If bets had been placed on which Boston athlete would be name-dropped during the confirmation hearings of Donald Trump’s cabinet picks, the smart money may have gone toward the president-elect’s golf buddy Tom Brady.
On just the first day of the Senate confirmation hearings Tuesday, Sen. Sheldon Whitehouse, a Democrat from Rhode Island, mentioned recently retired Red Sox slugger David Ortiz during his line of questions to Sen. Jeff Sessions, Trump’s attorney general nominee.
“We have a vibrant Dominican community, who look at Big Papi, David Ortiz, swinging his bat for the Red Sox, and wonder why you said, ‘Almost no one coming from the Dominican Republic to the United States is coming here because they have a provable skill that would benefit us,'” Whitehouse said, referring to a 2006 Senate floor speech by the Alabama Republican, who is known for his hard-line stance on immigration.
Sessions’s full speech, available on his website, included this passage:
“Fundamentally, almost no one coming from the Dominican Republic to the United States is coming because they have a skill that would benefit us and that would indicate their likely success in our society. They come in because some other family member of a qualified relation is here as a citizen or even a green card holder. That is how they get to come. They are creating a false document to show these are relatives or their spouses and they are married when it is not so.”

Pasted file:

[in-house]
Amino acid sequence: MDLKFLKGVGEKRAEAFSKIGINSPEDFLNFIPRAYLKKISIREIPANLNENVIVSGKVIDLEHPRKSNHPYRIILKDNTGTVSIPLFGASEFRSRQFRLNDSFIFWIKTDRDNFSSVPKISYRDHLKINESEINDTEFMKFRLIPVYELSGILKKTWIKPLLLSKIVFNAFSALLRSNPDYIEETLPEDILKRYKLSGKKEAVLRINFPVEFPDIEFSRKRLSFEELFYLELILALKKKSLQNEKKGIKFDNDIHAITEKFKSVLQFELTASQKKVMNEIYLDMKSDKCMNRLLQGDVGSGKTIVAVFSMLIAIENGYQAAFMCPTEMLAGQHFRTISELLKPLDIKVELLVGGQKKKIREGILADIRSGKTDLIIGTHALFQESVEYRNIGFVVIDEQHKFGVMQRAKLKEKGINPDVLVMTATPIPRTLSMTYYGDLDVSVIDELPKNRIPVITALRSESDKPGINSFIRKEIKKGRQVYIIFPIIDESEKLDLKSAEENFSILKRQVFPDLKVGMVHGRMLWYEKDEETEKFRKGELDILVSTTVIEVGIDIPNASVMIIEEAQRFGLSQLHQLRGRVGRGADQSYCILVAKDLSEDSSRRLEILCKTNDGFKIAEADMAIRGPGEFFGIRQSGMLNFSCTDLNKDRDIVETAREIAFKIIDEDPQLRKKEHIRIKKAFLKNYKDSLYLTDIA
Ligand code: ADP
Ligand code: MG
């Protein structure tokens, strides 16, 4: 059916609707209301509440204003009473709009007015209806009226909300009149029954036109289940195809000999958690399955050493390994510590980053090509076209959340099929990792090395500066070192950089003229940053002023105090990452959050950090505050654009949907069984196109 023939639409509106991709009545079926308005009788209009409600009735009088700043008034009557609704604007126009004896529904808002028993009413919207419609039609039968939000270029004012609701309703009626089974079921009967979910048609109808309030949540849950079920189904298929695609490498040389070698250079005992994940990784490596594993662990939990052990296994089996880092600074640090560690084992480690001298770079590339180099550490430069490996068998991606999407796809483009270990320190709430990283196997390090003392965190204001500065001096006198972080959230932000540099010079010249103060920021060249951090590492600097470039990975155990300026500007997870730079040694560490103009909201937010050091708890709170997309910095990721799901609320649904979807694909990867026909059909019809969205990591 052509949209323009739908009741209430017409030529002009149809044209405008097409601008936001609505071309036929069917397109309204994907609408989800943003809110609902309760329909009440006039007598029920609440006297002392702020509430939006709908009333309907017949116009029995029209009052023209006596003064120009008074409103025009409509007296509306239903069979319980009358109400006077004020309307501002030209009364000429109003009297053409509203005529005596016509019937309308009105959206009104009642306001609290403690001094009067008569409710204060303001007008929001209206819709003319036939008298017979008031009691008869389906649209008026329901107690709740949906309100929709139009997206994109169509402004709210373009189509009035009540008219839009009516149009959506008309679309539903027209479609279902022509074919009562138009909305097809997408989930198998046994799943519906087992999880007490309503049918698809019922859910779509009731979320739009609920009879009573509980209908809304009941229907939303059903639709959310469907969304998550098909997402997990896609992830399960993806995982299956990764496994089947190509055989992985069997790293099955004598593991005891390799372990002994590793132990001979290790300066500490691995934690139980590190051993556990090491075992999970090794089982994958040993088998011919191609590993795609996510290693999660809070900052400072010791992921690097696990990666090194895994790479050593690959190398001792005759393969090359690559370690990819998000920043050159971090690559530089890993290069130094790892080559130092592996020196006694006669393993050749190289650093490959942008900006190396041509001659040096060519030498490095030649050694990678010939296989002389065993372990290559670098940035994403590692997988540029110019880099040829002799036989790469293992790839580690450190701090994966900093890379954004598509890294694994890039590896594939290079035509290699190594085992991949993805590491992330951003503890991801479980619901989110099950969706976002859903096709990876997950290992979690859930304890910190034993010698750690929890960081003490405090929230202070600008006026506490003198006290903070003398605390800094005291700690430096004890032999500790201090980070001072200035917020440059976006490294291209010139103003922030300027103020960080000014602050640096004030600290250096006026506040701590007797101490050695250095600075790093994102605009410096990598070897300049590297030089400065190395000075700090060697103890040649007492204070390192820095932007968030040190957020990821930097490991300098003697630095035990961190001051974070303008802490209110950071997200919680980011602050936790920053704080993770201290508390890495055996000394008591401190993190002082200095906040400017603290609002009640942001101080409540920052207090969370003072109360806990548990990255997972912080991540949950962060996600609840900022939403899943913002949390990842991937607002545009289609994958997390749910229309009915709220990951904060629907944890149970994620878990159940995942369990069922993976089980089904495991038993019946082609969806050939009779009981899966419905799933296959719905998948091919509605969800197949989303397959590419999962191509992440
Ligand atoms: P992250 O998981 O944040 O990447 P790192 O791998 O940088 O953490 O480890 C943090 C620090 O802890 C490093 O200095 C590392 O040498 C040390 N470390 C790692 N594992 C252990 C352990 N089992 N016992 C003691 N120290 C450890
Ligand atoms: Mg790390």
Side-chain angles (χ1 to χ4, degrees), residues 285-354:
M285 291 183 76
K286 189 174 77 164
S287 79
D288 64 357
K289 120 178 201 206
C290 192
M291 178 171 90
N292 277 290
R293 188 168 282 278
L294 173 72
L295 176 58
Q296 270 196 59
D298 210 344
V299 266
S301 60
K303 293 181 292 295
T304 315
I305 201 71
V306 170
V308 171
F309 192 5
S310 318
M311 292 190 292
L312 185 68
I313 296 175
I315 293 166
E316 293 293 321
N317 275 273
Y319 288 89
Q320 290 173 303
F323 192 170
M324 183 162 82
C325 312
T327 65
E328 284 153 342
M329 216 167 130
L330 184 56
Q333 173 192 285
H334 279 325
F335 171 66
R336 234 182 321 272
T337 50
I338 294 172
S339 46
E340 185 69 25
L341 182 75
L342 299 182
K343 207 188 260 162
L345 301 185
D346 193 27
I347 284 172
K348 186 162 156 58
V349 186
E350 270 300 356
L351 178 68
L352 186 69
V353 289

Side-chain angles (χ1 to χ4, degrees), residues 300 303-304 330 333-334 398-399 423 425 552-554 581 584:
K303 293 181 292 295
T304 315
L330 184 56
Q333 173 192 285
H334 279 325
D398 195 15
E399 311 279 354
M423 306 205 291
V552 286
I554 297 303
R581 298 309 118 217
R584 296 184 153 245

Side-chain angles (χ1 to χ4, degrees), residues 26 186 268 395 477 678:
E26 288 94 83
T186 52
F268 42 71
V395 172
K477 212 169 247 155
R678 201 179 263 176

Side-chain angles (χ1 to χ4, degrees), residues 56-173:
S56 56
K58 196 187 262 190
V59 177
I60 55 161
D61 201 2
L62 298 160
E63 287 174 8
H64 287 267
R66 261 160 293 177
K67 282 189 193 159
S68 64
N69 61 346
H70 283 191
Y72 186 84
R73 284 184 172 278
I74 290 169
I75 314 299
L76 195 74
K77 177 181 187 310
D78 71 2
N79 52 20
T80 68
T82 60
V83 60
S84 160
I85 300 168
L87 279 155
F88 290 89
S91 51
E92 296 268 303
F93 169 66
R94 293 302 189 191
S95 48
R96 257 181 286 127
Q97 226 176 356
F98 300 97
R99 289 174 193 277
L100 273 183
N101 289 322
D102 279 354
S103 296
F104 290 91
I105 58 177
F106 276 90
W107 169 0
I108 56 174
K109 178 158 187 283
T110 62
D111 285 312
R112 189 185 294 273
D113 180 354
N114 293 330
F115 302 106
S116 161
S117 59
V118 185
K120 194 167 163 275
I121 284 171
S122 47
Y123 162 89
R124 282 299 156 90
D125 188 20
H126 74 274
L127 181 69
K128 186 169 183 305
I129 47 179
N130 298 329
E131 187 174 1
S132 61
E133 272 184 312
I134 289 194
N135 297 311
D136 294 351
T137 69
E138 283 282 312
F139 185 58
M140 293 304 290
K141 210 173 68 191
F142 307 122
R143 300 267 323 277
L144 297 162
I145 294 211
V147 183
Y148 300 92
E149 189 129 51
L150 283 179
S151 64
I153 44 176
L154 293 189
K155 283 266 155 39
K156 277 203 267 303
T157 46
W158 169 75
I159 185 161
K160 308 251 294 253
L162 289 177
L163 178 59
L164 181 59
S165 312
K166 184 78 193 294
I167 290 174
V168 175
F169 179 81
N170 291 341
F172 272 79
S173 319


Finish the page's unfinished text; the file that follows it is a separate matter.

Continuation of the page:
During the hearing Tuesday, Whitehouse says he has heard from Latino constituents in Rhode Island who are worried about government raids breaking up their families and from police chiefs who say Sessions’s policies as attorney general would disrupt “law enforcement priorities” and “community relations.”
With regards to the Dominican Republic, Sessions said he was speaking from experience visiting the country, citing a local official who he said told him “there’s a good bit of fraud” and that the “immigration flow was not on a basis of skills.”
“The immigration flow from almost all of our countries, frankly, is based on family connection and other visas, rather than a skill-based program, more like Canada has today,” Session said. “And that’s all I intended to be saying there.”
“Please don’t see that as a diminishment or a criticism of the people of the Dominican Republic,” he added.
As a Harvard University professor Paul May recently wrote, Canada moved to a points-based immigration system in the 1960s, and thus accepts more immigrants based on workforce skills, rather than family ties.
Sessions said he would like the United States move in that direction.
That said, as May noted, Canada also “accepts far more immigrants legally than most Western nations” and faces fewer immigration challenges due to its geography.